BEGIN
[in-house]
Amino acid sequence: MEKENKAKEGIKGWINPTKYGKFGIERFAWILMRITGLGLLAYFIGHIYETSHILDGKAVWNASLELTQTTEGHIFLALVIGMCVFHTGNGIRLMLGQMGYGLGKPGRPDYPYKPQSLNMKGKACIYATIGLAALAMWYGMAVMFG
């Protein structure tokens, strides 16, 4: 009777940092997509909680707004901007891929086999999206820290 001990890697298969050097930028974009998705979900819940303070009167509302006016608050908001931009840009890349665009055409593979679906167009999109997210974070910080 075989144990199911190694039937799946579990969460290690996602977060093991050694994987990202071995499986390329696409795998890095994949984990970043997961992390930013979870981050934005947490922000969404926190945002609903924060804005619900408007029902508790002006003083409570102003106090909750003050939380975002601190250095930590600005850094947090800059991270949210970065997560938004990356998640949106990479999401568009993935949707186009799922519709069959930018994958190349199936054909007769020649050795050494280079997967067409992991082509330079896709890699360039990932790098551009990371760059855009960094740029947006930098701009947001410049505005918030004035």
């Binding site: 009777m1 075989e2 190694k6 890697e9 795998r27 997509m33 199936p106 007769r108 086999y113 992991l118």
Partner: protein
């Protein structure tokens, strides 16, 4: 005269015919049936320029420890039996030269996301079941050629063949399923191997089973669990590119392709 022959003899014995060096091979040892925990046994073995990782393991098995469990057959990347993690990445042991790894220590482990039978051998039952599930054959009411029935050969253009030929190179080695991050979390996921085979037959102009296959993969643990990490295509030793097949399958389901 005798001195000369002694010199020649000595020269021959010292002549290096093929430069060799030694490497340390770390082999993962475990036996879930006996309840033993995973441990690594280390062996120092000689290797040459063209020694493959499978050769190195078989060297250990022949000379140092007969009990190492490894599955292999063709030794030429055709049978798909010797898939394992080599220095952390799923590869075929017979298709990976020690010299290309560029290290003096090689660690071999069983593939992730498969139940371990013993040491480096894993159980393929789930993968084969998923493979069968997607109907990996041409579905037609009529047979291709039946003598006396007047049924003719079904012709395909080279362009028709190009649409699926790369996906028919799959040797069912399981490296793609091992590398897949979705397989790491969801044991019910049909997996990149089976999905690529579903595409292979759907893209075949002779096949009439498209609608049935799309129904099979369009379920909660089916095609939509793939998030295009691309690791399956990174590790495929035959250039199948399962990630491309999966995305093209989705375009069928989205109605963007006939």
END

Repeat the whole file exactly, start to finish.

[in-house]
Amino acid sequence: MEKENKAKEGIKGWINPTKYGKFGIERFAWILMRITGLGLLAYFIGHIYETSHILDGKAVWNASLELTQTTEGHIFLALVIGMCVFHTGNGIRLMLGQMGYGLGKPGRPDYPYKPQSLNMKGKACIYATIGLAALAMWYGMAVMFG
């Protein structure tokens, strides 16, 4: 009777940092997509909680707004901007891929086999999206820290 001990890697298969050097930028974009998705979900819940303070009167509302006016608050908001931009840009890349665009055409593979679906167009999109997210974070910080 075989144990199911190694039937799946579990969460290690996602977060093991050694994987990202071995499986390329696409795998890095994949984990970043997961992390930013979870981050934005947490922000969404926190945002609903924060804005619900408007029902508790002006003083409570102003106090909750003050939380975002601190250095930590600005850094947090800059991270949210970065997560938004990356998640949106990479999401568009993935949707186009799922519709069959930018994958190349199936054909007769020649050795050494280079997967067409992991082509330079896709890699360039990932790098551009990371760059855009960094740029947006930098701009947001410049505005918030004035």
């Binding site: 009777m1 075989e2 190694k6 890697e9 795998r27 997509m33 199936p106 007769r108 086999y113 992991l118």
Partner: protein
């Protein structure tokens, strides 16, 4: 005269015919049936320029420890039996030269996301079941050629063949399923191997089973669990590119392709 022959003899014995060096091979040892925990046994073995990782393991098995469990057959990347993690990445042991790894220590482990039978051998039952599930054959009411029935050969253009030929190179080695991050979390996921085979037959102009296959993969643990990490295509030793097949399958389901 005798001195000369002694010199020649000595020269021959010292002549290096093929430069060799030694490497340390770390082999993962475990036996879930006996309840033993995973441990690594280390062996120092000689290797040459063209020694493959499978050769190195078989060297250990022949000379140092007969009990190492490894599955292999063709030794030429055709049978798909010797898939394992080599220095952390799923590869075929017979298709990976020690010299290309560029290290003096090689660690071999069983593939992730498969139940371990013993040491480096894993159980393929789930993968084969998923493979069968997607109907990996041409579905037609009529047979291709039946003598006396007047049924003719079904012709395909080279362009028709190009649409699926790369996906028919799959040797069912399981490296793609091992590398897949979705397989790491969801044991019910049909997996990149089976999905690529579903595409292979759907893209075949002779096949009439498209609608049935799309129904099979369009379920909660089916095609939509793939998030295009691309690791399956990174590790495929035959250039199948399962990630491309999966995305093209989705375009069928989205109605963007006939």